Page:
Opening troubles, middle-order muddle leave India with plenty to ponder

Under-utilised, slipping under the radar

Much like their opponents, India seem to be unsure of how best to deal with allrounder Deepti Sharma. Since January 2018, Deepti, the bowler, has consistently upset opponents’ plans, taking 21 wickets in 22 T20I innings. India, however, have struggled to draw up a plan for Deepti, the batsman. In the 12 T20I innings she’s batted (in 21 completed matches), she’s slotted in five times at Nos 6 and 7, twice at Nos. 8 and 9, five times at Nos 3, 4 and 5, but never opened for India.

Deepti, however, has played anchor to great effect, as an opener, for her domestic side Bengal over the past two seasons. Her ODI and T20I career strike rates are 64 and 93 respectively, but under pressure, she’s capable of using her feet and clearing the rope, as evinced in the crucial 71-m six she hit, six balls into her innings during India’s chase in the third T20I.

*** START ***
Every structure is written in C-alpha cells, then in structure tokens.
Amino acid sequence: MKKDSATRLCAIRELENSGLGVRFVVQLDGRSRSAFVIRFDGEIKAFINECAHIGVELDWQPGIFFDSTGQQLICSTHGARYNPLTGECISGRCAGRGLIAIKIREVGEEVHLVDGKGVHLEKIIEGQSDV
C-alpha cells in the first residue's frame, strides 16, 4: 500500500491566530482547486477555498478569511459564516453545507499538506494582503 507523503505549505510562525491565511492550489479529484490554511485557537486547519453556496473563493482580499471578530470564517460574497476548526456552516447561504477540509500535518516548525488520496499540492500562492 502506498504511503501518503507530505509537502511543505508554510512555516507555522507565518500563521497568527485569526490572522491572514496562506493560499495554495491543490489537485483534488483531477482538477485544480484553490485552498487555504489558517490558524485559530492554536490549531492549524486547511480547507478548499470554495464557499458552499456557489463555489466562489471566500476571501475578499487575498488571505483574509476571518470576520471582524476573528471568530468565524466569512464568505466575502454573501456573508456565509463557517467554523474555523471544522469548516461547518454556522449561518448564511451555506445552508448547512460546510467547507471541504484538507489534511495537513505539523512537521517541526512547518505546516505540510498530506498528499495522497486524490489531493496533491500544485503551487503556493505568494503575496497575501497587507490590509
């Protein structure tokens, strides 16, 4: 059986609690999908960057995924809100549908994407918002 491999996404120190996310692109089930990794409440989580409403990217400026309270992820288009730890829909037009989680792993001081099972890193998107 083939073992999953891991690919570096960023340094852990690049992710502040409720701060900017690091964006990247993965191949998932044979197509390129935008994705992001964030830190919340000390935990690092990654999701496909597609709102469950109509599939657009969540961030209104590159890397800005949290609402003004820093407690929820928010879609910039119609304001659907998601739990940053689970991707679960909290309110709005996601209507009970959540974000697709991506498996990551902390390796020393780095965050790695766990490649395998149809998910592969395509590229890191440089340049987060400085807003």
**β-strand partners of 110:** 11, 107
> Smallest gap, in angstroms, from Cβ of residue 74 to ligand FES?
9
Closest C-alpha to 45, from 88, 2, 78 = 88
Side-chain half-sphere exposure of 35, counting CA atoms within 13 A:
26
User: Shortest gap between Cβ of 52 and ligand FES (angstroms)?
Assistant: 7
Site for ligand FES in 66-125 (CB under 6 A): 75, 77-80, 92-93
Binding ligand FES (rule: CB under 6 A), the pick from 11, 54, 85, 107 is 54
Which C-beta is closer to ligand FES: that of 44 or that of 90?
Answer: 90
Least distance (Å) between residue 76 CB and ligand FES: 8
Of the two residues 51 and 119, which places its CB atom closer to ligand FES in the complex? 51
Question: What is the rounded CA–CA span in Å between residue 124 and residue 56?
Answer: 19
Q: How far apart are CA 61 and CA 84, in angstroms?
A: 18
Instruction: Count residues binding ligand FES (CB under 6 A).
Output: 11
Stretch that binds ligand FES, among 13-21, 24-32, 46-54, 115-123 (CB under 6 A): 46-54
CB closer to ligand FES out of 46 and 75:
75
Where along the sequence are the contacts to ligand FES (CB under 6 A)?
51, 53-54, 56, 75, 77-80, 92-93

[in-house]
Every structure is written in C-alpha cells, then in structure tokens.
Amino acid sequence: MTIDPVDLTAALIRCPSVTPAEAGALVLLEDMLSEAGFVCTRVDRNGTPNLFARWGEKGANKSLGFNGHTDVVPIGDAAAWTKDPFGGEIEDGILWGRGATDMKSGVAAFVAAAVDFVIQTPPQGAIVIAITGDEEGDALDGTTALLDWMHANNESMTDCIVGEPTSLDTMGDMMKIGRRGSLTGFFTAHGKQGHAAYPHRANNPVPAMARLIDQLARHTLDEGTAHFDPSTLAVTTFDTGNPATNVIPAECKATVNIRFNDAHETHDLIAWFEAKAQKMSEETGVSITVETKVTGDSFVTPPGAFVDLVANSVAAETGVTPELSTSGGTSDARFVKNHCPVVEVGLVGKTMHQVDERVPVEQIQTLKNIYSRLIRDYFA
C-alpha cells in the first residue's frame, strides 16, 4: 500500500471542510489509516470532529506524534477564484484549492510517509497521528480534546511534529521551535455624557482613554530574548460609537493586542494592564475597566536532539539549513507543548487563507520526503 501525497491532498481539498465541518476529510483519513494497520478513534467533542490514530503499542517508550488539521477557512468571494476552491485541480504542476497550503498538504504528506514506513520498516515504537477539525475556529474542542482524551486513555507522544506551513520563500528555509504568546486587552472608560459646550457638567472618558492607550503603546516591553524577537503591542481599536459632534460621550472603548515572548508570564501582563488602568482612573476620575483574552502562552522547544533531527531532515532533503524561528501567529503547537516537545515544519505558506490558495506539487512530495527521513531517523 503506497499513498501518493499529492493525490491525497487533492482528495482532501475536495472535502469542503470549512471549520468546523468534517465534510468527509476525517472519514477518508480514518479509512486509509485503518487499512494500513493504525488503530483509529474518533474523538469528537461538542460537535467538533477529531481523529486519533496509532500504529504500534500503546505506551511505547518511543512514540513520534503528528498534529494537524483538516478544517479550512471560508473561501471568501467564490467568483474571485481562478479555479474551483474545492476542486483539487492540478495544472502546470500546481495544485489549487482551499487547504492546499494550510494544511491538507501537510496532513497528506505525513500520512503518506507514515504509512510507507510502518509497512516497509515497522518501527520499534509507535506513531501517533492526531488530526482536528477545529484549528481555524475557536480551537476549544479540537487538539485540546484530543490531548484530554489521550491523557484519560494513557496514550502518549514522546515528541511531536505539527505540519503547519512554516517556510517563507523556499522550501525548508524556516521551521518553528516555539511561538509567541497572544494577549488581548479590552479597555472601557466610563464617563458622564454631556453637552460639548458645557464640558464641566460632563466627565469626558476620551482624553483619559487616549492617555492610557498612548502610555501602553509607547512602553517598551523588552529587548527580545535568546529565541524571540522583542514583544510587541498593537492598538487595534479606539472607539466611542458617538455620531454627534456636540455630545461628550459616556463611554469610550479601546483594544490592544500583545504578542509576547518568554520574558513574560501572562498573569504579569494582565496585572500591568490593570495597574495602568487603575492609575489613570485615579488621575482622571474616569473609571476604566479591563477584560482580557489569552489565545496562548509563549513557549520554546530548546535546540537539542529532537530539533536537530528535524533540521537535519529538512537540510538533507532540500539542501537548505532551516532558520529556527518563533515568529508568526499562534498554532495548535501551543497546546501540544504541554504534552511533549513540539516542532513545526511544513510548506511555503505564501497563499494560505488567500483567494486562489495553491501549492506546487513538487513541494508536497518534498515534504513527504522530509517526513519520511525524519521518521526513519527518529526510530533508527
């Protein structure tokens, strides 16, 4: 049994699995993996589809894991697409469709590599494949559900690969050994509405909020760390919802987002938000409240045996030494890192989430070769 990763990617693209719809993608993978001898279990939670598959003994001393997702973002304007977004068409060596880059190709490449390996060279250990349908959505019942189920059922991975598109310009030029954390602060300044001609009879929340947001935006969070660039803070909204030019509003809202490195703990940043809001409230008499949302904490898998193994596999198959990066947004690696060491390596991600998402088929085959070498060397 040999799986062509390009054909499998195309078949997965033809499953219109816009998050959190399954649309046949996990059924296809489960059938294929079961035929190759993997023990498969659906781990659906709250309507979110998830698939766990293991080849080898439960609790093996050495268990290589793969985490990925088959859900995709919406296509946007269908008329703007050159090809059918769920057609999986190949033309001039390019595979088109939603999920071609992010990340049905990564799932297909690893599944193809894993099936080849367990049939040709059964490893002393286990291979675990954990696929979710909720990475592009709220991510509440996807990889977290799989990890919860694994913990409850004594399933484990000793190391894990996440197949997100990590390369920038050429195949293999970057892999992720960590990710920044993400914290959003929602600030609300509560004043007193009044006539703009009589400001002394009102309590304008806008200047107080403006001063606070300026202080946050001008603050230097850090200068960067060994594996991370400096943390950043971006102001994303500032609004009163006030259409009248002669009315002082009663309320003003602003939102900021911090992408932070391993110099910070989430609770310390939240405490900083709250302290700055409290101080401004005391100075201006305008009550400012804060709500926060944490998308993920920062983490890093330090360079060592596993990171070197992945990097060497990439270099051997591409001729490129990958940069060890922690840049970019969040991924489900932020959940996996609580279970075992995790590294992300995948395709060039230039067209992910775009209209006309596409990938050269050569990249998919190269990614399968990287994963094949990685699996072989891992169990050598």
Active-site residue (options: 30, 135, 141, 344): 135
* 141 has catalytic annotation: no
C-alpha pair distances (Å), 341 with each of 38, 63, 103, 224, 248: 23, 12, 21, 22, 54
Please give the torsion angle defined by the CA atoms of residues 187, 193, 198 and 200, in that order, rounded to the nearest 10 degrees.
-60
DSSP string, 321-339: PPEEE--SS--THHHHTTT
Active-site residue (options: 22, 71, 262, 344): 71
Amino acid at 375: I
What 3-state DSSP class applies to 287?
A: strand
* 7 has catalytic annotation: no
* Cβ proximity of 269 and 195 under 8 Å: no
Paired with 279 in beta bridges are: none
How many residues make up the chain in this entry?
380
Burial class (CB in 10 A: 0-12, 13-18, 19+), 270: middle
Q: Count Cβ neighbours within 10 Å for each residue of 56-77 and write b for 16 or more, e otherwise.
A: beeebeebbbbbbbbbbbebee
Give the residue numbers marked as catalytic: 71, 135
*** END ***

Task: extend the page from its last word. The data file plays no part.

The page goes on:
Rodrigues has only once been used as an opener in T20Is since her debut last year, and with Priya Punia, who earned her maiden T20I call on the back of her 50-overs showings in domestic cricket, amassing nine runs as an opener in the three matches, India could consider opening with two left-handers in Mandhana and Deepti. The punt could, in turn, open up a spot for an extra bowler, in particular the allrounder Shikha Pandey, who, after being left out of the World T20 squad, played all three ODIs but sat out all three T20Is against New Zealand.